This is how, in the extreme north of Miami, is the so-called little Moscow. Sunny Isles Beach, which is the town that receives that name, is an area of luxury skyscrapers in which the cheapest apartment costs several million dollars. On the seafront, most of the residents are foreigners, although many are actually from Latin America, and those known as “Russians” are often from Ukraine. Be that as it may, in little Moscow in subtropical Florida you can order dishes from Siberia and, in its day, the admiration for the friendship between Donald Trump and Vladimir Putin was palpable in the area.
It was not just about something ideological or affection between two countries, but also a reflection of a very real situation. In Sunny Isles Beach, three Trump-branded skyscrapers (after his defaults, the future president merely put his name and capital on his buildings, but did not participate in management) were saved from financial collapse in the crisis of the junk mortgages in 2008 and 2009 by buyers from the former Soviet Union. According to the property managers themselves, a third of the apartments went to Russian-speakers. Most of them are owned by companies that cover up the name of the owners, of whom almost half are not US residents, according to the Reuters news agency. Sounds like money laundering. But it is a very profitable money laundering.
Florida captures 29% of Russian real estate investment. But even so, it is a very small percentage. The National Association of Realtors estimates that just 0.2% of the total value of real estate sales in the state were made to Russians in the period from July 2020 to May 2021. That is due in part to the sanctions that The United States began to put Russia after the annexation of Crimea and the invasion of eastern Ukraine, in 2015, and they continued to be reinforced during the years of Donald Trump in the White House.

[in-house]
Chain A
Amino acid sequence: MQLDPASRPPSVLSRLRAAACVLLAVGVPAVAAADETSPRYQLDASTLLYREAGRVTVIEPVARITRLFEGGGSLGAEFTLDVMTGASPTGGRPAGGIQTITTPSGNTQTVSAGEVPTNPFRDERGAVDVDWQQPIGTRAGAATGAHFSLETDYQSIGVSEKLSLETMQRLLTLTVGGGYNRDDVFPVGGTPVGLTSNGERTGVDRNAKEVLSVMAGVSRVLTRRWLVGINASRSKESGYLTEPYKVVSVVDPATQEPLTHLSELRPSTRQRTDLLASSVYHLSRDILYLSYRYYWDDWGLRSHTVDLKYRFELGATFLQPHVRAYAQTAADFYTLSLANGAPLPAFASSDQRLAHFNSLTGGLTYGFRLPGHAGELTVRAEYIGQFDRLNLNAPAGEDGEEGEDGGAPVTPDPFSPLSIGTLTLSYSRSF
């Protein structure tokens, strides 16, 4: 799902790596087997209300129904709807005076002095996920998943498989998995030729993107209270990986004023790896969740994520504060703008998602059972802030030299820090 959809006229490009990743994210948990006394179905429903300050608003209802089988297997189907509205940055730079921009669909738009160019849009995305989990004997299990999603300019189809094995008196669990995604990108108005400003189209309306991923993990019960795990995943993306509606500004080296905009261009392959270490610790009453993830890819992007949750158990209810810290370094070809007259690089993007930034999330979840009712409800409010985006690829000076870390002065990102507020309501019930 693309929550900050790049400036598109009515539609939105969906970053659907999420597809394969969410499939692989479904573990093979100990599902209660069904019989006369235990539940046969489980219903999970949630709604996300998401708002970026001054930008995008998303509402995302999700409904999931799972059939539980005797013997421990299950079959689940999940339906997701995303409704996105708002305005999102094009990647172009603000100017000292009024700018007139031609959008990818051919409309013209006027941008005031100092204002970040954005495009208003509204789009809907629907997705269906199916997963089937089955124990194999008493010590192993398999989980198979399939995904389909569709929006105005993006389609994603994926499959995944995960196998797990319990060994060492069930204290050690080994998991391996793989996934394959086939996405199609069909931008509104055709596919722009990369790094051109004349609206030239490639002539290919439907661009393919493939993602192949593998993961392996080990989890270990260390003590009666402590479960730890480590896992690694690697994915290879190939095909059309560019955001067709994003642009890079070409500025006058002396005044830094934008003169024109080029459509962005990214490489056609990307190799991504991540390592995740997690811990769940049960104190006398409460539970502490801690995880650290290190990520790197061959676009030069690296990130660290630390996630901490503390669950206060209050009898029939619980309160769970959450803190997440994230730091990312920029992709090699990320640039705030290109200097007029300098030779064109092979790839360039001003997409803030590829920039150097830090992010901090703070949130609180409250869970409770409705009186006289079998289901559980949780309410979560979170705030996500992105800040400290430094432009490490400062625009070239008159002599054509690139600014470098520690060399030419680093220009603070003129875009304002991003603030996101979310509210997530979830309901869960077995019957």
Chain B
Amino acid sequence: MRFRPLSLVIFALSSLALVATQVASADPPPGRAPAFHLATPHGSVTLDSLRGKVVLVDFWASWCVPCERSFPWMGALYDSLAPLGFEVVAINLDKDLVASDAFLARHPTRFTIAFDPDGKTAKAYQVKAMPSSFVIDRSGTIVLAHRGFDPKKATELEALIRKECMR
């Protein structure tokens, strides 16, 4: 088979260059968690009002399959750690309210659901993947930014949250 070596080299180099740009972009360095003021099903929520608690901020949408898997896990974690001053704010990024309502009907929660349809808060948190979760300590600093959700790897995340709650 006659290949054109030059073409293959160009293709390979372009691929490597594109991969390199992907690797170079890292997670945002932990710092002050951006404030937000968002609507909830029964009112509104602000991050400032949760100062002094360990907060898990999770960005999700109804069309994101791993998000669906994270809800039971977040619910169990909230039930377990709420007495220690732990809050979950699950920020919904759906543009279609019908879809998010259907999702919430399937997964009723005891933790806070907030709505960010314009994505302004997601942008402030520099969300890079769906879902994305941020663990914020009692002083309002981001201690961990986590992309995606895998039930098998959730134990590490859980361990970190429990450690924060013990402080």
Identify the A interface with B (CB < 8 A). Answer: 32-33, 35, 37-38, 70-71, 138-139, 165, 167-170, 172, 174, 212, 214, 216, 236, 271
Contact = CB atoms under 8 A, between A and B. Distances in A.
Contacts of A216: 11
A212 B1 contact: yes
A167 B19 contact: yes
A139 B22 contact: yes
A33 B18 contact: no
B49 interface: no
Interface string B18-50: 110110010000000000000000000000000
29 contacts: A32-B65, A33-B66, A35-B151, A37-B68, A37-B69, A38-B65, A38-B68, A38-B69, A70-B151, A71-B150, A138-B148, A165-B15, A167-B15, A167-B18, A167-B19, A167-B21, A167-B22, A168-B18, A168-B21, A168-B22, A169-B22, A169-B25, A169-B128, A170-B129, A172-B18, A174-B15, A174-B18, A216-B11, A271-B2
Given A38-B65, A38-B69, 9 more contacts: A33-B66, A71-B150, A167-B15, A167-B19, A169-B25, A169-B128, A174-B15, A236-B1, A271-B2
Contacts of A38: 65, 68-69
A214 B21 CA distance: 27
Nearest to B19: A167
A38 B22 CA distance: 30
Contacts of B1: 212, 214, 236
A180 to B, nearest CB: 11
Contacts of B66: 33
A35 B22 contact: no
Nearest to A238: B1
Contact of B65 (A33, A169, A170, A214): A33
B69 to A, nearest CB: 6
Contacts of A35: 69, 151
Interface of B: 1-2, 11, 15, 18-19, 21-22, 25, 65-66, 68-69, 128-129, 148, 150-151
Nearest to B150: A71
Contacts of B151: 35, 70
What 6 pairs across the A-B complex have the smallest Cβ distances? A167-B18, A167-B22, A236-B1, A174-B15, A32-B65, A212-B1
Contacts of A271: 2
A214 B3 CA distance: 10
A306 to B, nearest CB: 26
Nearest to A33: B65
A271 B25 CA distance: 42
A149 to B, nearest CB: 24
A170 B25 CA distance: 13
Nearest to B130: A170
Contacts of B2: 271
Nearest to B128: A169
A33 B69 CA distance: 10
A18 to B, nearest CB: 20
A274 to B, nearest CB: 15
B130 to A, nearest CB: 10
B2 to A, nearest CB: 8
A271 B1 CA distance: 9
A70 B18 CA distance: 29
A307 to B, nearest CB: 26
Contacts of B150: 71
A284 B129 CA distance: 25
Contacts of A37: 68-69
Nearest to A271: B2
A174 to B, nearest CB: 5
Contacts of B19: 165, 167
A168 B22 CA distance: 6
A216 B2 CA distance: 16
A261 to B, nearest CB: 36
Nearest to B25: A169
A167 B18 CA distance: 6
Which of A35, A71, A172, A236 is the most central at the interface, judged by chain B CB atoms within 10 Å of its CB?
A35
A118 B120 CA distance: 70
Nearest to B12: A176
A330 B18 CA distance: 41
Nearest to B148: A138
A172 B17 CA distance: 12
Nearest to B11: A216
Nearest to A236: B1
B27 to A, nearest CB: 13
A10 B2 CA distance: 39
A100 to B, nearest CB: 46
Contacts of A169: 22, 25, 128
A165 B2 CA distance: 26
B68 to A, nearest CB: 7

Sanctions not only made transactions difficult; They also created uncertainty among both buyers and sellers, because no one knew whether the next wave of restrictions would prohibit the sale of flats to Russian citizens, as in practice has happened after the invasion of Ukraine.
Until this war broke out, Florida was also the scene of a curious Russian practice: birth tourism. Companies like Miami Mama offer accommodation (often in Sunny Isles Beach, because Russian is spoken there) and medical assistance to visitors from the former USSR who are going to have children in the United States, although they enter with tourist visas. The reason for this activity is that every person born in that country automatically obtains nationality, with which the child enters the world as an American even though his mother lives in Vladivostok.
It is a controversial practice, because it moves on a slippery slope in terms of immigration, as evidenced by the fact that Miami Mama was registered by the police in 2017 on suspicion that she had lied when advising her clients on the application for visas. But, be that as it may, the company survived. And there it continues, with its website in Russian and English, although now, with the movement restrictions of all kinds triggered by the invasion, its business is more uncertain than ever.